Shakopee Hospital Among First to Offer Acupuncture in ER

May 24, 2017 03:09 PM

A hospital in Shakopee is among the first in the country to offer free acupuncture to emergency room patients. 

Doctors at St. Francis Regional Medical Center hope it will replace traditional opiod treatment in many cases.


"I carry my stress in my shoulders and my neck, I have that daily," said Bethany, a patient there. 

Aches and pains are part of her life.

"I've had migraines probably for the last 10 years consistently," she said. 

Bethany, who works in chiropractic care, has had a hard time finding permanent relief.

"I have an intense job and so I need this calming," she said. 

Kristianne Schultz is a licensed acupuncturist. 

She said that thanks to the Saints Healthcare Funds, patients visiting the emergency room at St. Francis for anything from a minor migraine to severe trauma can now receive free acupuncture treatment.

"It's very, very important to be open, especially in a emergency room," she said. "There is a lot going on here."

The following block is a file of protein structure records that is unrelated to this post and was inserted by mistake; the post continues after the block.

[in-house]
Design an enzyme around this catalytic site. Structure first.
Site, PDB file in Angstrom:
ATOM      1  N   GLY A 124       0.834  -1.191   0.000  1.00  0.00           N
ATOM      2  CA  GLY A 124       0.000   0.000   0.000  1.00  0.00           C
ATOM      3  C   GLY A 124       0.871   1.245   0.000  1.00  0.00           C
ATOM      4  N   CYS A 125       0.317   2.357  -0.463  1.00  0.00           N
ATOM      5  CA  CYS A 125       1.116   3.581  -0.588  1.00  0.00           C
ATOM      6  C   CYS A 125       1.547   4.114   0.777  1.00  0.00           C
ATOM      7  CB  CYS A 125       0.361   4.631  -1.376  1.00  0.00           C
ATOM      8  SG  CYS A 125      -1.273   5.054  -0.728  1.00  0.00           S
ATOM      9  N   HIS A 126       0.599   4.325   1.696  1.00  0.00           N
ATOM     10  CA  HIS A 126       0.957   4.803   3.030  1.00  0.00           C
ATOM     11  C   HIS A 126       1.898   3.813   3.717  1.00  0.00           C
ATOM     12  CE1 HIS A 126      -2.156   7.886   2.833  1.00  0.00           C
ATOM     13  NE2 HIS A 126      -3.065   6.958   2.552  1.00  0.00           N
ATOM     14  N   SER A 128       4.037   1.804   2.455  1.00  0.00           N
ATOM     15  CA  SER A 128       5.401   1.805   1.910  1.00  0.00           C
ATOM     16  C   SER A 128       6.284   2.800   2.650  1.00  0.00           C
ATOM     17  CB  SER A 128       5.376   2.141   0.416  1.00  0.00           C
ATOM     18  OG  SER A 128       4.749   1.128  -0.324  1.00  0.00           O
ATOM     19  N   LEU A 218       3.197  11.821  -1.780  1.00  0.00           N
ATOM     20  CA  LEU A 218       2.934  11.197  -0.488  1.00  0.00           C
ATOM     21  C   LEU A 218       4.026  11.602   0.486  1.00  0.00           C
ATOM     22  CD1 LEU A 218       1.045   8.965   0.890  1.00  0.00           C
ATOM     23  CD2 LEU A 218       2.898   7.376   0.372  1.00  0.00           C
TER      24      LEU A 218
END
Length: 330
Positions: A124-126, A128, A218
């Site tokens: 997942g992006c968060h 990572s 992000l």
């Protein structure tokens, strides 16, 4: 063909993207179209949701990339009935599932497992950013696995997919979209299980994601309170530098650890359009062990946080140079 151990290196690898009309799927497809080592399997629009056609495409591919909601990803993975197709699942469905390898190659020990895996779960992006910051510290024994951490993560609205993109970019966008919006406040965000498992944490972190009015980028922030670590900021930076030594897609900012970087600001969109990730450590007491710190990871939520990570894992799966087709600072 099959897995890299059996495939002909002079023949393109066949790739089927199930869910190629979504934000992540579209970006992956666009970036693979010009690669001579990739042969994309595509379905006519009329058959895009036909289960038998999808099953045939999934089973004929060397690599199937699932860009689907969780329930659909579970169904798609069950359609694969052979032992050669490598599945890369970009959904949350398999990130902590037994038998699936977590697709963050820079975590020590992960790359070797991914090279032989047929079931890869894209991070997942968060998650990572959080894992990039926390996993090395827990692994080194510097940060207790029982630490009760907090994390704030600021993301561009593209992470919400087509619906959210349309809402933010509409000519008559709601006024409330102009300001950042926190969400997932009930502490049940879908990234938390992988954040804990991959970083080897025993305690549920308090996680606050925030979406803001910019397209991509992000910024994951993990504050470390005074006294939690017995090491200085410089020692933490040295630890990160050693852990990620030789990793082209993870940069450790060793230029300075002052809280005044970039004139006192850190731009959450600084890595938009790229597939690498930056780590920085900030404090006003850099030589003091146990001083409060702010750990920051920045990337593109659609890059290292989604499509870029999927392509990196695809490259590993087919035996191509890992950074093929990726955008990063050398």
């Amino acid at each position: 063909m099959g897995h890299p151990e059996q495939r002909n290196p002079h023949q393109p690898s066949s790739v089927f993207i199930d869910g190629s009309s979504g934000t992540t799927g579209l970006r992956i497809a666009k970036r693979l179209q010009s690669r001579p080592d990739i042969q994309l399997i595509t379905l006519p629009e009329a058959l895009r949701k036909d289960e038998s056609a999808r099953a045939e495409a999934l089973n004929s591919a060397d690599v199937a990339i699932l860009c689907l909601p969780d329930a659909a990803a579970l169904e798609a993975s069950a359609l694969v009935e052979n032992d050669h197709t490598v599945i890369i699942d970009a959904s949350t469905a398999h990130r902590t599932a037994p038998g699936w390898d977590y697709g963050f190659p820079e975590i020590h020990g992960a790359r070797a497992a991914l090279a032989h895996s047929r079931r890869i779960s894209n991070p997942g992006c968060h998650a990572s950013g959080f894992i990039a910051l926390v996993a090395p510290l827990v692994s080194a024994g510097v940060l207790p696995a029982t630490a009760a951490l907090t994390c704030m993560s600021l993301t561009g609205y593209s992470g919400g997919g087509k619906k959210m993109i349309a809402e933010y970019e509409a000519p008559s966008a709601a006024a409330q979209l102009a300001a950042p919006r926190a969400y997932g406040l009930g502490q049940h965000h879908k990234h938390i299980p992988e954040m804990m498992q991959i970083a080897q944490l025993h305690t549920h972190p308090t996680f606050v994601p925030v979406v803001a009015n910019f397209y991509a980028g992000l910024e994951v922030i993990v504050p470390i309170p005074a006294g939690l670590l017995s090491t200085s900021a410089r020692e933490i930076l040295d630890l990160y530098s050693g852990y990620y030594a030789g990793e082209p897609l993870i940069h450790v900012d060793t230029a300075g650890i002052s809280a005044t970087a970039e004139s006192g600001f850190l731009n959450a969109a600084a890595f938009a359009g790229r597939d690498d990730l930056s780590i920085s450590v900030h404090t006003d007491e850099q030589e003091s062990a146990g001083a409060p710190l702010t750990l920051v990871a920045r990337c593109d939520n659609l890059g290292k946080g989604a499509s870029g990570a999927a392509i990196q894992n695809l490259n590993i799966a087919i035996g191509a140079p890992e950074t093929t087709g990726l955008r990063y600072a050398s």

Bethany has migraines, but said needles are effective for multiple conditions. 

"We have found that it helps mostly with pain, anxiety, nausea and vomiting," Schultz said. 

Opiods are another popular choice for pain relief. But according to the Centers for Disease Control, more than 1,000 people in the U.S. are treated every day for misusing the drugs.

And St. Francis believes this traditional Chinese treatment can help reduce those numbers. 

"It stimulates the body's own natural opiode systems," Schultz said. "There are times when it works and it's extremely effective, and at times medication is extremely effective."

If you're afraid of needles, Bethany said fear not.

"It was just quick, quick, quick - can't even tell they're in," she said. 

Now she's hoping this ancient healing medicine settles nicely into a new home in the ER. 

"I will be going back, definitely," Bethany said. 

St. Francis also continues to offer acupuncture as part of its integrative health program. That includes treatment for cancer patients. 


Brett Hoffland

Copyright 2017 - KSTP-TV, LLC A Hubbard Broadcasting Company


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